This guest post is by Rabbi Arnie Samlan, executive director of the Center for the Advancement of Jewish Education in Miami, Florida, a subsidiary agency of the Greater Miami Jewish Federation. He blogs at www.JewishConnectivity.com and is a podcaster on JCastNetwork.
When I moved to Miami from Long Island just six months ago, a Floridian colleague of mine welcomed me with this remark: “Miami is great. It’s just about 20 miles to the United States.” True enough. This is the only place in the U.S. in which, whether I’m at the synagogue or the mall, English is unlikely to be the predominant language spoken around me. Hebrew? Yeah. Spanish? Quite. Russian? Uh huh. Portuguese? Sure.
Along with unprecedented multiculturalism come festivals that celebrate each nation, culture, and language that make up the greater Miami area. And that’s just the Jewish community—when we look at the broader community, the list of nationalities and backgrounds grows.
Amidst the palm trees, Cuban coffee (amazing!), and cultures lives a large day school population. Actually, of elementary school children who are enrolled in some form of Jewish education program, a majority—about 70 percent—are in a Jewish day school, far above the national norm. What seems to be driving these outstanding numbers is a combination of parents seeking Jewish social and cultural connectedness through JDS, the strong Hebrew background of parents from Israel or Latin Jewish communities, and a solid group of traditionally observant Jews for whom day school education is a “must.”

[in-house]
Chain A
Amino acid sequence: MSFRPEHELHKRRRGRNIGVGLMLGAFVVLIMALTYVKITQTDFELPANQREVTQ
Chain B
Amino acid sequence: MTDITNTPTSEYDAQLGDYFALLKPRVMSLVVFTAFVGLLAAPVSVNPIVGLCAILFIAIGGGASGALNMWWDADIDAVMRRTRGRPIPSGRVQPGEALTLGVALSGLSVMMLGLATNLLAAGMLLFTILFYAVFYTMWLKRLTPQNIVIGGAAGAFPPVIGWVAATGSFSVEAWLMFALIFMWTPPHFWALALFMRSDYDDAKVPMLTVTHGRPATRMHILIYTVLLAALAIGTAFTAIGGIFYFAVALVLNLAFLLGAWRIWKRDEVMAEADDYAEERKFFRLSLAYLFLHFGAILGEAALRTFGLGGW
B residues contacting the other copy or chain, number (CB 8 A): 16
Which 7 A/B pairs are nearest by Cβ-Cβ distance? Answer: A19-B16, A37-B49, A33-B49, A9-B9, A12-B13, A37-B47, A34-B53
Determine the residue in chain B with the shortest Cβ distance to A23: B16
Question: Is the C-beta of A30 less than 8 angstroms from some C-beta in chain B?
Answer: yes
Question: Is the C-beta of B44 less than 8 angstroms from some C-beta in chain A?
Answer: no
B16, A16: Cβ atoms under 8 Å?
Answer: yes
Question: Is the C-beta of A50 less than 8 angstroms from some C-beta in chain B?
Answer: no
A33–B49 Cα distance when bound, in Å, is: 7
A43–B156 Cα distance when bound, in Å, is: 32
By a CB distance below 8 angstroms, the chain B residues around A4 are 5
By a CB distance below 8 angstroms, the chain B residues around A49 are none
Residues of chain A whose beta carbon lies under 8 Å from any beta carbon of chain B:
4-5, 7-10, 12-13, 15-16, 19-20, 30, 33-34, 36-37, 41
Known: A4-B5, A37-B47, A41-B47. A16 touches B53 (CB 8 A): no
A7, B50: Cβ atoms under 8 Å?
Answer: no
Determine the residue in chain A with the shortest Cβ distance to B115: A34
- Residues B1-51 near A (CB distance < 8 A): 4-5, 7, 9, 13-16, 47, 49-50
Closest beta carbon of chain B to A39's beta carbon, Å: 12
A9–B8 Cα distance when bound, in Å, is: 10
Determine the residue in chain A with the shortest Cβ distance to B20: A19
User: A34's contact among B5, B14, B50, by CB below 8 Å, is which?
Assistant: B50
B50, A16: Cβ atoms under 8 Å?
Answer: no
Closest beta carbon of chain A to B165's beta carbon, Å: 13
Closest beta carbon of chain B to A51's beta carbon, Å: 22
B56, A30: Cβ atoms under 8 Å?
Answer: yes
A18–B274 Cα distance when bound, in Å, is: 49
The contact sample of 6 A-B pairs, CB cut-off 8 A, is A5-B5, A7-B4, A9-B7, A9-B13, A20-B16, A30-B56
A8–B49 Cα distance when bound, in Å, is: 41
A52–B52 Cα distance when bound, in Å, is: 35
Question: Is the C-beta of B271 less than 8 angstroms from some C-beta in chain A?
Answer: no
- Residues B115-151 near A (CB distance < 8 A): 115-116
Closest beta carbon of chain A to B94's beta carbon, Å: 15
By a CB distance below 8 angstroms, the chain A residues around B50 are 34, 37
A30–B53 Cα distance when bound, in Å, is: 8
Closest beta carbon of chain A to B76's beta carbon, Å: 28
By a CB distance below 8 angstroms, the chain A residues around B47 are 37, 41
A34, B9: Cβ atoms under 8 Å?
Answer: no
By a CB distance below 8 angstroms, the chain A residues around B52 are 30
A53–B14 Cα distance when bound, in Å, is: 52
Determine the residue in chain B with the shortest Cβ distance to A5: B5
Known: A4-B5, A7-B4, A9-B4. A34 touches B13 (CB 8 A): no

In my short time in Miami, I’ve been impressed by the way in which schools differentiate themselves from each another. Whether they realize it or not, most of the schools are not actually competing for the same students. There is a school that is particularly responsive to the needs of Latin families, a school for the Chabad community, a school that emphasizes math and science, a school that aims to be inclusive of children with special needs, a school that defines itself as Reform, a school in which Jewish studies don’t stand alone but are integrated into the other subjects of the school day, and schools that serve particular geographic areas.
That differentiation may be exactly what Miami’s contribution to the national day school picture is. To be sustainable and to recruit students, it is not only unnecessary to be all things to all people; it is actually counterproductive. In the same way that the specialized Jewish camps have been founded and are now reaching new populations based on campers’ (and parents’) interests, day schools can do the same, identifying what sets each school apart and recruiting students based on those characteristics.
At the same time, there is work to be done here to move the day schools forward, and a community that is committed to getting things done. Together, the Center for the Advancement of Jewish Education and Greater Miami Jewish Federation are working with schools to bridge the gap between the current practice of education and the 21st Century Jewish Education that we believe should be state of the art. Our colleagues at PEJE and The AVI CHAI Foundation continue to be in conversation and in partnership with us to move our schools forward both educationally and organizationally. We are blessed with passionate and smart leaders, both professionals and volunteers. Working together, we’re taking a very special Jewish day school community and propelling it forward.